Production Management Initiatives (PMI)
The production management component of AEM involves the activities relating to the selection of appropriate technologies, its package of practice and the adoption of timely operations; that are key determinants of successful production. Of late, it has been realised that there are certain field operations which can be effectively managed when carried out collectively. The production per se can be carried out individually but access to technologies, capacity-building programmes, and certain community production operations like pest management, nutrient management, water management, product certification (if any) and so on, will be undertaken collectively by the farmer groups to minimise the cost and maximise utility efficiency. Furthermore, as a group, the small and marginal farmers do enhance their ‘uptake’ capacity to adopt and pursue new technologies and enterprises that otherwise they are not able to follow as individual farmers.
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Network Management Initiatives (NMI)
The network management component of AEM comprises of activities that are important from farmers’ perspectives. An enterprising farmer needs to establish organic linkage with a whole range of stakeholders viz. input agencies including credit, extension functionaries, research institutions, farmers’ organisations, market players and other chain actors. Social scientists strongly recommend that farmer groups need to establish four kinds of relationships viz. intra-group, inter-group, extra-group and supra-group relationships with different chain actors in the agri-value chains so as to reap dividends that would accrue higher income. Thus, an effective relationship would be ushered in through bonding (intra-group), bridging (inter-group), linking (extra-group) and influencing (supra-group) actions and that helps amplify and multiply their AEM endeavours.
Marketing Management Initiatives (MMI)
The marketing management is a very critical component within the AEM. It is pertinent to mention that present-day agriculture needs to be demand-driven. Essentially, it means the farmers’ production system has to take cognizance of consumers’ preferences. Many times, it is observed that the farmers manage all other components of AEM very efficiently, but falter in the market front. Due to small quantum and disaggregated production, lack of market information, poor infrastructure, poor bargaining capacity and high transaction cost bedevil their income. Nonetheless, market liberalisation has opened new vistas of opportunity for smallholder producers hitherto growing diverse products and supplying small surpluses to markets. The removal of trade barriers has opened some flexibility for farmers to choose buyers for their products and suppliers of key inputs. Of late, with the advent of Information and Communication Technology (ICT) has come in handy for the farmers to get better input and output market access. Different market-led initiatives viz. value addition, product differentiation, contract farming, collective marketing by groups, leveraging transport and infrastructure, brand promotion, and others would harvest higher gains for the farmers.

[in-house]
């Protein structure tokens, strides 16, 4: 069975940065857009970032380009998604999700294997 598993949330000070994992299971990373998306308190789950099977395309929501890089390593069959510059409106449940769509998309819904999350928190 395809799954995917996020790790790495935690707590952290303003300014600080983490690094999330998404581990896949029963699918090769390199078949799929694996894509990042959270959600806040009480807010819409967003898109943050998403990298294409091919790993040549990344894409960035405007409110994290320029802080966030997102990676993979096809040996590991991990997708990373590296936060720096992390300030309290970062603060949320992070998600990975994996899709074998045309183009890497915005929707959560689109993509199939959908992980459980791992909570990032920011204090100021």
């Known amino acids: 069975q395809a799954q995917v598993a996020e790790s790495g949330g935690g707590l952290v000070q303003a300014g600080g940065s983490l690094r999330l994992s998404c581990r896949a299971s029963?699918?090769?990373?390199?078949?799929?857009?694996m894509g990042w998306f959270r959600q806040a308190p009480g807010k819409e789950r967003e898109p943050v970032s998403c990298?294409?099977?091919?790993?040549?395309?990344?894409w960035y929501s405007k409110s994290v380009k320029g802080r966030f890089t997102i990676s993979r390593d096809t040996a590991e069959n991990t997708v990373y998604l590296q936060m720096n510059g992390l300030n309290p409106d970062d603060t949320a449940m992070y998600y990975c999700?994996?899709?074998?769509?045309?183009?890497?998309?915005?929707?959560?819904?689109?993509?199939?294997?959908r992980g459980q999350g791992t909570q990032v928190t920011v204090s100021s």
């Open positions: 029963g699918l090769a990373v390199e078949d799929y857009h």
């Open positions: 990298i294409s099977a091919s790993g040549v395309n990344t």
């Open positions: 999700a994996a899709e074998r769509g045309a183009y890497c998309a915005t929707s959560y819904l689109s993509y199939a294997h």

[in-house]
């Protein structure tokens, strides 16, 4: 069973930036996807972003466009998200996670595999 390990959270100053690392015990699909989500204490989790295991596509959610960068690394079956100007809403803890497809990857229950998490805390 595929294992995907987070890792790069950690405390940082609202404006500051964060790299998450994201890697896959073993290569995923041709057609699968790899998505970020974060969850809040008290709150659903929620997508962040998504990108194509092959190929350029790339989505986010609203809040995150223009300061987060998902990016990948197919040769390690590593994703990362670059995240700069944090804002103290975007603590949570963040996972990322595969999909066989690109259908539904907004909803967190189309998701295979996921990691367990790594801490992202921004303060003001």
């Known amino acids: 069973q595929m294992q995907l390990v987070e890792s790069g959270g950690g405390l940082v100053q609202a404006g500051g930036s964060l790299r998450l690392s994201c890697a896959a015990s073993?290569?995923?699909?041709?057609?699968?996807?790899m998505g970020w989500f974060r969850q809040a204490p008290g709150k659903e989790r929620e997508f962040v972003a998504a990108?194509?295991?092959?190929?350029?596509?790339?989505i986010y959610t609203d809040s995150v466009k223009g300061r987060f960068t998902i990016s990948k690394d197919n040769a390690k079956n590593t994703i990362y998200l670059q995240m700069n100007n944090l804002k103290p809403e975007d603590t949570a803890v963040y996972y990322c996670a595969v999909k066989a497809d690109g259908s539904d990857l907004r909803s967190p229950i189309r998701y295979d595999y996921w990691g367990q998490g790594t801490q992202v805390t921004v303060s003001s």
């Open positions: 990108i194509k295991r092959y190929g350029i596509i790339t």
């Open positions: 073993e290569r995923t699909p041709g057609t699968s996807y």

Empirical evidences have also shown that the adoption of AEM with a focus on ‘collectives and connectives’ can effectively act as an ‘engine of growth’ for farmers’ income. The bottom line of such interventions is to usher in a paradigm shift from production-smart farming to market-smart farmers with comprehensive attention to evolving farmer groups (supporting existing Farmer Interest Groups, SHGs, farmer clubs, and others) in resources/ agri-inputs pooling, technology management, collective production functions, organic linkage with chain actors and post-harvest management. Thus, AEM strategies can be pursued as a policy direction under different states’ agriculture policies.
(Dr. Sanat Mishra is a senior scientist at the Directorate of Planning, Monitoring & Evaluation, Odisha University of Agriculture and Technology, Bhubaneswar, Odisha. The article is based on research conducted by Dr. Mishra. Views expressed in the article are the author’s own.)